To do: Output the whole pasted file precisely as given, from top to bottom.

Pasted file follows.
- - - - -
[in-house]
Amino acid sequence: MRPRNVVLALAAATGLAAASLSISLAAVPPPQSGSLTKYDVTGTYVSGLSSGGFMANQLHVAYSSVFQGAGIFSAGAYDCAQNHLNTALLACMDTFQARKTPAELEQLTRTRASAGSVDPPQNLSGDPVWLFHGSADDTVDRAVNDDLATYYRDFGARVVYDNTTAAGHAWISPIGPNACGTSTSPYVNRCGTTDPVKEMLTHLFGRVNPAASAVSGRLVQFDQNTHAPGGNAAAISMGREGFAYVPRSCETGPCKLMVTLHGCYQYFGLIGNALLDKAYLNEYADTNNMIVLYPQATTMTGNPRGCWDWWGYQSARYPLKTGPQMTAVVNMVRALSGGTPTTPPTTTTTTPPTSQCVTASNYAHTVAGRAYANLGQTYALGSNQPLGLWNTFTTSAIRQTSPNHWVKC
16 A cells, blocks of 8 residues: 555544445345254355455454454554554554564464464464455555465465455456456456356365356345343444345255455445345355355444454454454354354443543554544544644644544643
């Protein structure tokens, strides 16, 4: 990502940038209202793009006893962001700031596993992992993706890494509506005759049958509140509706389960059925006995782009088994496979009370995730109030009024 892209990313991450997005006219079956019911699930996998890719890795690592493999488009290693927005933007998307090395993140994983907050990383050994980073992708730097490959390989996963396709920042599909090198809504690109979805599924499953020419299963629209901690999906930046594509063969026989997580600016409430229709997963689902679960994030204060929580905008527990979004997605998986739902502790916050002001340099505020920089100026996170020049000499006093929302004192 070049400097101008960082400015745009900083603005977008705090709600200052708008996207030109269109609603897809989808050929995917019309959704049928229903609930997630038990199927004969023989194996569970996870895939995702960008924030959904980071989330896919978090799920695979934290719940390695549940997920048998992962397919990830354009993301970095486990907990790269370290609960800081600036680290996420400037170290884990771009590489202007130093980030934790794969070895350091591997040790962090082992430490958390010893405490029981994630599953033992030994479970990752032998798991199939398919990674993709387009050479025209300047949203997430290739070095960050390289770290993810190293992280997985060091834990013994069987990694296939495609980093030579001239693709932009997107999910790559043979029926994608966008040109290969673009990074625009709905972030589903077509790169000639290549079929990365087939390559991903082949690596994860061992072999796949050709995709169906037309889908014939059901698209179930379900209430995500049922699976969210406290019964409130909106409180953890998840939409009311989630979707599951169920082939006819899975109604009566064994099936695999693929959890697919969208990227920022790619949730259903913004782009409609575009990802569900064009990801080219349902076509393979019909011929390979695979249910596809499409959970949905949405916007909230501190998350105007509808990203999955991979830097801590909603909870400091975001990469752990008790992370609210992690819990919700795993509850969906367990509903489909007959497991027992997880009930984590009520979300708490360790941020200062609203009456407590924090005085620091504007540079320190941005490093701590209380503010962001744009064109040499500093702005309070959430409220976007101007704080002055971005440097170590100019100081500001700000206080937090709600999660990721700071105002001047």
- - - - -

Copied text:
[in-house]
Amino acid sequence: MRPRNVVLALAAATGLAAASLSISLAAVPPPQSGSLTKYDVTGTYVSGLSSGGFMANQLHVAYSSVFQGAGIFSAGAYDCAQNHLNTALLACMDTFQARKTPAELEQLTRTRASAGSVDPPQNLSGDPVWLFHGSADDTVDRAVNDDLATYYRDFGARVVYDNTTAAGHAWISPIGPNACGTSTSPYVNRCGTTDPVKEMLTHLFGRVNPAASAVSGRLVQFDQNTHAPGGNAAAISMGREGFAYVPRSCETGPCKLMVTLHGCYQYFGLIGNALLDKAYLNEYADTNNMIVLYPQATTMTGNPRGCWDWWGYQSARYPLKTGPQMTAVVNMVRALSGGTPTTPPTTTTTTPPTSQCVTASNYAHTVAGRAYANLGQTYALGSNQPLGLWNTFTTSAIRQTSPNHWVKC
16 A cells, blocks of 8 residues: 555544445345254355455454454554554554564464464464455555465465455456456456356365356345343444345255455445345355355444454454454354354443543554544544644644544643
């Protein structure tokens, strides 16, 4: 990502940038209202793009006893962001700031596993992992993706890494509506005759049958509140509706389960059925006995782009088994496979009370995730109030009024 892209990313991450997005006219079956019911699930996998890719890795690592493999488009290693927005933007998307090395993140994983907050990383050994980073992708730097490959390989996963396709920042599909090198809504690109979805599924499953020419299963629209901690999906930046594509063969026989997580600016409430229709997963689902679960994030204060929580905008527990979004997605998986739902502790916050002001340099505020920089100026996170020049000499006093929302004192 070049400097101008960082400015745009900083603005977008705090709600200052708008996207030109269109609603897809989808050929995917019309959704049928229903609930997630038990199927004969023989194996569970996870895939995702960008924030959904980071989330896919978090799920695979934290719940390695549940997920048998992962397919990830354009993301970095486990907990790269370290609960800081600036680290996420400037170290884990771009590489202007130093980030934790794969070895350091591997040790962090082992430490958390010893405490029981994630599953033992030994479970990752032998798991199939398919990674993709387009050479025209300047949203997430290739070095960050390289770290993810190293992280997985060091834990013994069987990694296939495609980093030579001239693709932009997107999910790559043979029926994608966008040109290969673009990074625009709905972030589903077509790169000639290549079929990365087939390559991903082949690596994860061992072999796949050709995709169906037309889908014939059901698209179930379900209430995500049922699976969210406290019964409130909106409180953890998840939409009311989630979707599951169920082939006819899975109604009566064994099936695999693929959890697919969208990227920022790619949730259903913004782009409609575009990802569900064009990801080219349902076509393979019909011929390979695979249910596809499409959970949905949405916007909230501190998350105007509808990203999955991979830097801590909603909870400091975001990469752990008790992370609210992690819990919700795993509850969906367990509903489909007959497991027992997880009930984590009520979300708490360790941020200062609203009456407590924090005085620091504007540079320190941005490093701590209380503010962001744009064109040499500093702005309070959430409220976007101007704080002055971005440097170590100019100081500001700000206080937090709600999660990721700071105002001047």